Open Access

Castells’ network concept and its connections to social, economic and political network analyses


This article discusses the conceptualization of network in Manuel Castells’ theory of network society and its relation to network analysis. Networks assumed a significant role in Castells’ opus magnum, The Information Age trilogy, in the latter half of the 1990s. He became possibly the most prominent figure globally in adopting network terminology in social theory, but at the same time he made hardly any empirical or methodological contribution to network analysis. This article sheds light on this issue by analyzing how the network logic embraced by Castells defines the social, economic, and political relations in his theory of network society, and how such aspects of his theory relate to social network analysis. It is shown that Castells’ institutional network concept is derived from the increased relevance of networks as the emerging form of social organization, epitomized by the idea of global networks of instrumental exchanges. He did not shed light on the internal dynamics of networks, but was nevertheless able to use network as a powerful metaphor that aptly portrayed his idea of the new social morphology of informational capitalism.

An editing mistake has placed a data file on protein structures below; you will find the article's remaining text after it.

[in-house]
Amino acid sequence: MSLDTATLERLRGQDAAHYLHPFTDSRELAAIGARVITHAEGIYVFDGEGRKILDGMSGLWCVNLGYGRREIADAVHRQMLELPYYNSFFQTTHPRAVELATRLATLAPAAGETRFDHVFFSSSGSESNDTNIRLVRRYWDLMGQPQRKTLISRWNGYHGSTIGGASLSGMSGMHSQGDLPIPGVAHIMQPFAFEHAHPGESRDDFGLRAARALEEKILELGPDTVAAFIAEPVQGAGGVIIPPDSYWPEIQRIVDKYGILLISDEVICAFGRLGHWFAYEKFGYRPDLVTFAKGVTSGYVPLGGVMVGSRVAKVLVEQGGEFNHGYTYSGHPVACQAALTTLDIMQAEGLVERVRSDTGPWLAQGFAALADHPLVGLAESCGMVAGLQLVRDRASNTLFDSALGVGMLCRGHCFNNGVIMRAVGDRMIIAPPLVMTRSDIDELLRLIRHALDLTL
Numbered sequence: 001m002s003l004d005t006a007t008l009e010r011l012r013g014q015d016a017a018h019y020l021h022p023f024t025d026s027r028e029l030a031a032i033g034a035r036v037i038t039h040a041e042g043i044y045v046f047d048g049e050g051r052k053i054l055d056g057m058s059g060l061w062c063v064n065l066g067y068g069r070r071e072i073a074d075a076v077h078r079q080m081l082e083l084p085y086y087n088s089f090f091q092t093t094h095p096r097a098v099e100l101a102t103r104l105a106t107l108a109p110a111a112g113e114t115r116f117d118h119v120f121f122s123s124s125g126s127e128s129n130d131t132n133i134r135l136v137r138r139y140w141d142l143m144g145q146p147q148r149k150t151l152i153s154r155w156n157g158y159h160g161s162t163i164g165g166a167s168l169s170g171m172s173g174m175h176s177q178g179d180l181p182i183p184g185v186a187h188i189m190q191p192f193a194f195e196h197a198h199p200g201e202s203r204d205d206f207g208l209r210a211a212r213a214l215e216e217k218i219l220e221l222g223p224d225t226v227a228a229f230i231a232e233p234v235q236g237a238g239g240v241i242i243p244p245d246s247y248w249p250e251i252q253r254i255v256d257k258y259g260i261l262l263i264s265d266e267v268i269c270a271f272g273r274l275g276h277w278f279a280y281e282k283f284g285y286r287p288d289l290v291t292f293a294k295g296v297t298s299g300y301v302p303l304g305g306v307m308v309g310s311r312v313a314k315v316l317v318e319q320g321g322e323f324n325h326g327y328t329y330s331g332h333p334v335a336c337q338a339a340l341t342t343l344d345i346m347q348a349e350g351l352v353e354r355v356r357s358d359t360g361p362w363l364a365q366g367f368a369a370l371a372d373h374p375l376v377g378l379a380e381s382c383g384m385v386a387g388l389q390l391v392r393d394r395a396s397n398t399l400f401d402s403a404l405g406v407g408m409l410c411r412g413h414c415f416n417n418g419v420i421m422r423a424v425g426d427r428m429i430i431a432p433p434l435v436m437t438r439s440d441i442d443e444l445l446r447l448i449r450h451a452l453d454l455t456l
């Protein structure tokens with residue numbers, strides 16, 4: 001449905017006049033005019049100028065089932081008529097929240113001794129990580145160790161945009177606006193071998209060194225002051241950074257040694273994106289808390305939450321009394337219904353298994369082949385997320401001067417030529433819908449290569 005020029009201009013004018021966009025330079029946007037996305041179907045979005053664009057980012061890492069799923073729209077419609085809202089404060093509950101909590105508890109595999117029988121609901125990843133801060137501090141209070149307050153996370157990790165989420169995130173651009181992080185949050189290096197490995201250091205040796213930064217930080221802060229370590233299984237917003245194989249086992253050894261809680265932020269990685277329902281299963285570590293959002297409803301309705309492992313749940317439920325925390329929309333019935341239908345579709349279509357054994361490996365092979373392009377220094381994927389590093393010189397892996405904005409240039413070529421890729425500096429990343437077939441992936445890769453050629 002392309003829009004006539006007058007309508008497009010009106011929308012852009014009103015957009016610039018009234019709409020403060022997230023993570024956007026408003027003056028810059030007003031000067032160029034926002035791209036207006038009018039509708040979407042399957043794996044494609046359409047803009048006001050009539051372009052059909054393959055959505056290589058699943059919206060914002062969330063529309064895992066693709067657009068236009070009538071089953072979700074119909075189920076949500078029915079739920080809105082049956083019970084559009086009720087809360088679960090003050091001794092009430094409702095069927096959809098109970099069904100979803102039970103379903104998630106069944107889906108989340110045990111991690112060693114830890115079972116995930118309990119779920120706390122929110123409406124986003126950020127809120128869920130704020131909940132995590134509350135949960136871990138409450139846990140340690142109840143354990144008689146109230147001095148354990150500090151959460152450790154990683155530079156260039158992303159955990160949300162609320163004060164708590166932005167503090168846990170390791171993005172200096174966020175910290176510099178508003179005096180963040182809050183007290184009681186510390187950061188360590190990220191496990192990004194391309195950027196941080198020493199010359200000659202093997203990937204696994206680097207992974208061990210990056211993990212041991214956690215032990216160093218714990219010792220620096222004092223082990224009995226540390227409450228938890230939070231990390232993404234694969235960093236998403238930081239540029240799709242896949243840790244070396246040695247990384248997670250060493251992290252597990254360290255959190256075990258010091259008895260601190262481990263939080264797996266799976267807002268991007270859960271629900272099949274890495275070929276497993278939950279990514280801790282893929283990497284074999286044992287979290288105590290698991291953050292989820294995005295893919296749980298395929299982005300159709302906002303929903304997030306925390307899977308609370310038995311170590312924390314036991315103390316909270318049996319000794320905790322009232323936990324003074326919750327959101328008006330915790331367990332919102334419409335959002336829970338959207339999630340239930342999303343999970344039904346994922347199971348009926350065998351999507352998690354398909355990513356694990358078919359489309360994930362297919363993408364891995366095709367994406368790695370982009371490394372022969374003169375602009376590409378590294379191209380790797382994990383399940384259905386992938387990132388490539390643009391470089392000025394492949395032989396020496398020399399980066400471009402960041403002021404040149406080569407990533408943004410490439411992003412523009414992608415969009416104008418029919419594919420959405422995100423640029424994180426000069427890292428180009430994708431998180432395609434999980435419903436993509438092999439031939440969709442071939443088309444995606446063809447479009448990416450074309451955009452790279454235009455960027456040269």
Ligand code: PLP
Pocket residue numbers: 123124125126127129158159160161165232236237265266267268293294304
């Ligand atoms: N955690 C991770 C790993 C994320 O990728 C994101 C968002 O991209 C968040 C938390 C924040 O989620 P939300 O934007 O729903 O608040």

Publication timeframe:
Volume Open
Journal Subjects:
Social Sciences, other